In last week‘s New Yorker, Steve Coll (“Ghost Wars,” “The Bin Ladens”) has a good, two-page “Talk of the Town” piece about Ukraine, et al., under the print-edition headline “Reason to Impeach.” I finally read it yesterday. Some highlights:

“Many features of Trumpism—the cynical populism, the brazen readiness to profit from high office, the racist and nativist taunts—have antecedents in American politics. But Donald Trump’s open willingness to ask foreign governments to dig up dirt on political opponents has been an idiosyncratic aspect of his rise to power.”

“When the interview [with George Stephanopoulos last June] was released, Ellen L. Weintraub, the chair of the Federal Election Commission, felt obliged to point out that ‘it is illegal for any person to solicit, accept, or receive anything of value from a foreign national in connection with a U.S. election.’”

“The [whistleblower] complaint's lucidity and detail may help House investigators defend the integrity of their inquiry against the torrent of spin and lies that will surely continue to issue from Trump and his allies.”

Then we get the history, most of which I knew, but all of it is a good reminder—particularly as the torrent of spin and lies and trolls and bots keep coming:

  • February 2014: Popular uprising in Kiev removes Viktor Yanukovych, “a corrupt ally of Moscow”
  • April 2014: Hunter Biden, son of Joe, gets a lucrative seat on the board of Burisma Holdings, a large private gas company
  • 2015: U.S. and its allies recommend ousting Viktor Shokin, a prosecutor general, who is believed to be soft on corruption. After a visit and ultimatum by Vice-President Joe Biden, he is pushed out in March 2016
  • “But the record indicates that Shokin was removed because he wasn't doing enough about Ukrainian corruption.”
  • August 2016: Ukrainian law enforcement releases records showing Paul Manafort, Trump's campaign manager, recevied $12.7 million from Yanukovych, the Moscow ally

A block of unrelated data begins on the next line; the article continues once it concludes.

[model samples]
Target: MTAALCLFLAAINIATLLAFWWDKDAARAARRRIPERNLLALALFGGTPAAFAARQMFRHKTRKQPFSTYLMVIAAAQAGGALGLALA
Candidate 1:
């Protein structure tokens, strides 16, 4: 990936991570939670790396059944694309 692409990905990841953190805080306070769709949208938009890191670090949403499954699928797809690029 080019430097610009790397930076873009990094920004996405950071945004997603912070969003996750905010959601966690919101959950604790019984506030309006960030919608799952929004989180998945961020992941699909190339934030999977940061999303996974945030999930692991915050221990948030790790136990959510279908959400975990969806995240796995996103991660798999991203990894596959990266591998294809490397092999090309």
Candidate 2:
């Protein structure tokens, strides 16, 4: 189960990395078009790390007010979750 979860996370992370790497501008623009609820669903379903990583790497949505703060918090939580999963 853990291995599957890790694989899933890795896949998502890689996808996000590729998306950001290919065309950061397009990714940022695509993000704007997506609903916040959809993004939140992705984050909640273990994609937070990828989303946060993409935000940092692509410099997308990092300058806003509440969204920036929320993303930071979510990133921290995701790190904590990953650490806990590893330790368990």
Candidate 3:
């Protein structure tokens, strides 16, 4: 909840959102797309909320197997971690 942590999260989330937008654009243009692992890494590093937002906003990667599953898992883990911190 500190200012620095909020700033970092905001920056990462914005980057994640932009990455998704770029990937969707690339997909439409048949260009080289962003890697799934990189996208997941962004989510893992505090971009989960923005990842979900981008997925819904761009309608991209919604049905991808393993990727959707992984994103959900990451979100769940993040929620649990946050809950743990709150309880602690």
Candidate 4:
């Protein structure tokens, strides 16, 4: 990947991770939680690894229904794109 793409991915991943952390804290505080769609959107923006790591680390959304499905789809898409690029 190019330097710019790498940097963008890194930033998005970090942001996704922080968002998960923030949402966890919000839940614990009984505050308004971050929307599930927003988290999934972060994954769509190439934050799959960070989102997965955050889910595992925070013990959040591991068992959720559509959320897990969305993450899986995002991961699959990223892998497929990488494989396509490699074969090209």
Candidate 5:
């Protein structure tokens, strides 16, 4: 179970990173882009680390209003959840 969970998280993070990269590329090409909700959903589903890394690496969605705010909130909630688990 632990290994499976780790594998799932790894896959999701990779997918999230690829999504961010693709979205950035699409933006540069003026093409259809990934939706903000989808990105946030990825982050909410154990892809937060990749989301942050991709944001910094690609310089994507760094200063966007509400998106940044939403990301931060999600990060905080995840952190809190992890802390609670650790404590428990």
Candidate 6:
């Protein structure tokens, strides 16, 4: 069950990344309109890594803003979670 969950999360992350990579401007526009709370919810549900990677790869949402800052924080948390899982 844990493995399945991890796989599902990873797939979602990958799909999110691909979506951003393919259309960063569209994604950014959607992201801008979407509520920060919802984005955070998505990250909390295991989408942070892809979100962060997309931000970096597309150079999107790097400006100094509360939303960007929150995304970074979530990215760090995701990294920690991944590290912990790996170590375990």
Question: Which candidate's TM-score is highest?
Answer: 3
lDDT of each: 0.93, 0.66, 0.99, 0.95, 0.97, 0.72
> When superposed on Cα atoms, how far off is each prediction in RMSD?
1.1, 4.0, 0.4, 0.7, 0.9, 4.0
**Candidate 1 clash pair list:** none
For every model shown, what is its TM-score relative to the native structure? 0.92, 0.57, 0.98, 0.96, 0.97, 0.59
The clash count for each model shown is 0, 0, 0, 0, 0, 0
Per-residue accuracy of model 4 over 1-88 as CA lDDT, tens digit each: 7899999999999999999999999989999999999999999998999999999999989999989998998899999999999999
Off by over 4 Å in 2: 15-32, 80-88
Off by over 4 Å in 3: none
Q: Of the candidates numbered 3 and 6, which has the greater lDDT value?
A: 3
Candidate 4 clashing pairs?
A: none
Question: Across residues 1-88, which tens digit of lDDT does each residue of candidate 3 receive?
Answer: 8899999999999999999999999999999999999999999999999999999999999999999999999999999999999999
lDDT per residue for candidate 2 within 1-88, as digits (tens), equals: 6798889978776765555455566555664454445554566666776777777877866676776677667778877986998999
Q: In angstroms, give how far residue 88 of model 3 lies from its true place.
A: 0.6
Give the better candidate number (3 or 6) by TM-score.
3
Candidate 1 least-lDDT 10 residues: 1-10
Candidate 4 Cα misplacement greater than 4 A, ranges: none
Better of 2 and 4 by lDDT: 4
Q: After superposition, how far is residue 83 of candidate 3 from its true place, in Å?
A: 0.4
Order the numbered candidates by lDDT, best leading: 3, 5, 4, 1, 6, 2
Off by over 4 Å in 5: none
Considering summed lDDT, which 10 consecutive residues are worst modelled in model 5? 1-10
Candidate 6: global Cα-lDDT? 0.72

• From Coll: “Trump apparently concluded that Ukraine was conspiring with Hillary Clinton and the Democrats to try to defeat him. For reasons that are not easy to fathom, he also came to endorse a conspiracy theory holding that Ukraine harbors a computer server used by the Democratic National Committee in 2016.”
  • April 2019 “Trump told Fox News that Lutsenko's allegations were ‘big’ and ‘incredible,’ and that he thought Attorney General William Barr would find them interesting.”
  • May 2019: Trump's private lawyer Rudy Giuliani plans a trip to Kiev to talk up the Bidens and alleged Ukraine/Democrat links “because that information will be very, very helpful to my client.” Then the trip is canceled.
  • Early July: Trump withholds $400 million in military aid to Ukraine
  • July 25: Phone call with new Ukraine president Zelensky: “I would like you to do us a favor, though.” 

I'd like to know more about the phone summary, what was redacted, and what those ellipses covered up. I'd like to know more about the post-phone call cover-up, in which the memorandum was moved to a highly restricted computer server not normally reserved for such things. I'd like to know what else is on that server—what Trump says on phone calls with Putin and the leader of Saudi Arabia.

Soon, I hope. He tells it like it is, doesn't he? That's what his supporters say. So I imagine he wouldn't mind us hearing it like it is. 

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Posted at 08:42 AM on Oct 07, 2019 in category Politics   |   Permalink  
Friday September 27, 2019

Liddle' Shop of Horrors

In the wake of the Ukraine scandal and the beginning of impeachment inquiries by the U.S. House of Representatives, Pres. Trump remains as calm and steadfast as ever:

Immediate thoughts:

  • “discribing”
  • “hyphen”? He means apostrophe
  • What the hell is Liddle with an apostrophe anyway? I get “Liddle.” In his usual bully-at-recess manner, Trump is trying to make a U.S. representative seem small—smaller than even the use of “Little”—by saying it like a kid would say it. But what's “Liddle” apostrophe? That's nothing. Is he thinking “Li‘l”? As in “Li’l Abner”?

I don't think I'm smart enough to fathom this stupidity.

Reminder: This is the president of the United States.

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Posted at 01:39 PM on Sep 27, 2019 in category Politics   |   Permalink  
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Twitter: @ErikLundegaard